Federal government’s climate spending tab excludes costs you’ll pay
As a general rule of common sense and decency, if you’re going to spend more than $120 billion of other people’s money, you best be sure it’s a good idea. Unfortunately, the Trudeau government seems unaware of this rule. In fact, far from expressing contrition for wastefully spending so much of other people’s money, it’s unaccountably boastful of it.
“In addition to being one of the first Parties to the UNFCCC (United Nations Framework Convention on Climate Change) to sign and ratify the Paris Agreement,” a recent federal government report reads, “Canada has followed through on its Paris commitments over the past seven years by taking action, investing over $120 billion to reduce emissions, protect the environment, spur clean technologies and innovation, and help Canadians and communities adapt to the impacts of climate change.”
We know that the government’s more-than $120 billion climate spending spree is wasteful because the government has said repeatedly that government spending is a relatively inefficient way to achieve its emission-reduction goals.
According to the government’s 271-page emissions-reduction plan: “Putting a price on pollution is widely recognized as the most efficient means to reduce greenhouse gas emissions.” The obvious corollary—other policies, such as $120 billion in spending, are widely recognized as relatively inefficient and therefore unnecessarily expensive means to reducing greenhouse gas (GHG) emissions.
This claim, that a carbon tax or other “pricing” mechanism is the most efficient or effective way to reduce GHG emissions, is made repeatedly on the government’s website and in news releases—pretty much wherever the government wants to convince the public of the virtues of its carbon tax. The government knows full well, therefore, that program spending is a relatively wasteful policy to achieve emissions reductions.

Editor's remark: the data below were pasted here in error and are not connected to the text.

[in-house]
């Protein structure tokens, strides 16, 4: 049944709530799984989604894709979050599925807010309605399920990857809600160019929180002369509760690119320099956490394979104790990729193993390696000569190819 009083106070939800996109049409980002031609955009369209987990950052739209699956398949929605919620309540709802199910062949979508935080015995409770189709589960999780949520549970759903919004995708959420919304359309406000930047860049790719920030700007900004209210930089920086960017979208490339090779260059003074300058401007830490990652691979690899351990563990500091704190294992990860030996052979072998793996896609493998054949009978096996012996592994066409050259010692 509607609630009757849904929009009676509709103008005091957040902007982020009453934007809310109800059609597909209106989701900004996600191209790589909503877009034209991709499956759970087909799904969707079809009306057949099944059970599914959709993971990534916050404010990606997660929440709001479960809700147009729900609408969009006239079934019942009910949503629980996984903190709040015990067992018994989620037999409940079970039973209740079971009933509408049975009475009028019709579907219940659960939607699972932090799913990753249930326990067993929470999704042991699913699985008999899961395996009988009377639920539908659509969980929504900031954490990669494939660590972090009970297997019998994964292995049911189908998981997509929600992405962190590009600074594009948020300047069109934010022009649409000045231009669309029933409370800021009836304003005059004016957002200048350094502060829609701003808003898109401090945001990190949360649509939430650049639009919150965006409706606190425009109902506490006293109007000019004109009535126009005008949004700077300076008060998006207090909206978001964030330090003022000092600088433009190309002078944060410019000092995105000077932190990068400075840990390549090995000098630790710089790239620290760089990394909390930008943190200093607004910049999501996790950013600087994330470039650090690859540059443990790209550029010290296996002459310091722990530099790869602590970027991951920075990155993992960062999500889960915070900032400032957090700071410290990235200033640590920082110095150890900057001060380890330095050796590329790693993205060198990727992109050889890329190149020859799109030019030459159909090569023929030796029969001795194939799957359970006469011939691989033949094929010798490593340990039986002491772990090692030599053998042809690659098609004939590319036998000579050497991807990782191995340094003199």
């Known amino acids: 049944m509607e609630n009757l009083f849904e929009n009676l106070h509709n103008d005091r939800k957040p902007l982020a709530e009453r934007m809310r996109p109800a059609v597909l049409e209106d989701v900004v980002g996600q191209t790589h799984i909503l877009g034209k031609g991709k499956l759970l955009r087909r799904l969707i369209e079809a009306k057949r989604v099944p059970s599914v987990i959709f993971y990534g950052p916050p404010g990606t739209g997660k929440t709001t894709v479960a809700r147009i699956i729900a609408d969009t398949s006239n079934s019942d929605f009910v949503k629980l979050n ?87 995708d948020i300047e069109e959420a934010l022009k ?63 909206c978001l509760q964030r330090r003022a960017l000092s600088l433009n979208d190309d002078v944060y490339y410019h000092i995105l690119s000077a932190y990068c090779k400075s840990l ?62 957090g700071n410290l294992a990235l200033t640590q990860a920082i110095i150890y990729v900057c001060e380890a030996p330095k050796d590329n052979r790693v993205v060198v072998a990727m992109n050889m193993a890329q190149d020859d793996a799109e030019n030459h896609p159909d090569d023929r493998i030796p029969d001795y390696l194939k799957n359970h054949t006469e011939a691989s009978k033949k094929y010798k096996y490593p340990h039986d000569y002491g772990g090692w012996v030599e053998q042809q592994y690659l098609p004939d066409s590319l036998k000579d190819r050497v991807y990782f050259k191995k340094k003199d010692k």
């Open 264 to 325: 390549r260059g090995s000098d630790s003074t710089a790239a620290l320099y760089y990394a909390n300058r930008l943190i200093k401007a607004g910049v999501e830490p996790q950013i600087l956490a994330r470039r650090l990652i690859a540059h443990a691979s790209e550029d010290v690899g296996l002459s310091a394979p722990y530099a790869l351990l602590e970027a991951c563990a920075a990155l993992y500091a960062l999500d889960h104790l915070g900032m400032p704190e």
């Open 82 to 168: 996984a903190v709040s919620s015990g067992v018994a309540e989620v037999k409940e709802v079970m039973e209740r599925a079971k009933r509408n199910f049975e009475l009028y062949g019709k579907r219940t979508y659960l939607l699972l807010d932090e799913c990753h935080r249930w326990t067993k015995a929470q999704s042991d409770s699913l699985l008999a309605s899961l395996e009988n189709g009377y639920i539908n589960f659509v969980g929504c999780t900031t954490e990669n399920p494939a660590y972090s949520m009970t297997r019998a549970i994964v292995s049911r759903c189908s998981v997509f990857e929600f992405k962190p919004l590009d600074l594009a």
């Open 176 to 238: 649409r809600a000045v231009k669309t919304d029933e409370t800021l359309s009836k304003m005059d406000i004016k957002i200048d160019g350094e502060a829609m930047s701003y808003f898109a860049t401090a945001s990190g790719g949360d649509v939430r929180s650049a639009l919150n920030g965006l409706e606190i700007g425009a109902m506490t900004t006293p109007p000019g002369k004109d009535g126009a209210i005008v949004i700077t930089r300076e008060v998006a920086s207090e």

It gets worse. The $120 billion price tag does not capture the full cost of Ottawa’s unwise climate policies. For example, the ban on single-use plastic products, while usually cited as a way to reduce plastic waste, is also said by the government to be part of the emissions-reduction plan. The ban will force consumers and businesses to pay higher prices for lower quality alternatives (such as disposable paper or reusable cotton bags). This cost is considerable, but not captured as part of the $120 billion in spending.
Another example. The federal government is mandating that by 2026, one-fifth of all passenger cars and trucks sold in Canada must be electric; by 2030 it must be 60 per cent and by 2035 it must be 100 per cent. The government claims the mandate is “about making sure that Canadians have access to the vehicles they want,” which is preposterous. It’s explicitly banning access to certain type of vehicles—gasoline-powered cars—favoured by many Canadians.
Regulatory initiatives that tell people how they must spend their money (including on what types of cars) or otherwise impose certain behaviours on businesses and individuals do not show up as an expense in government budgets and financial statements. But the costs are real, are all on top of the $120 billion, and—as the Trudeau government has implicitly admitted—are needlessly high because they result from relatively inefficient government policies. The government should perhaps stop boasting of such policies.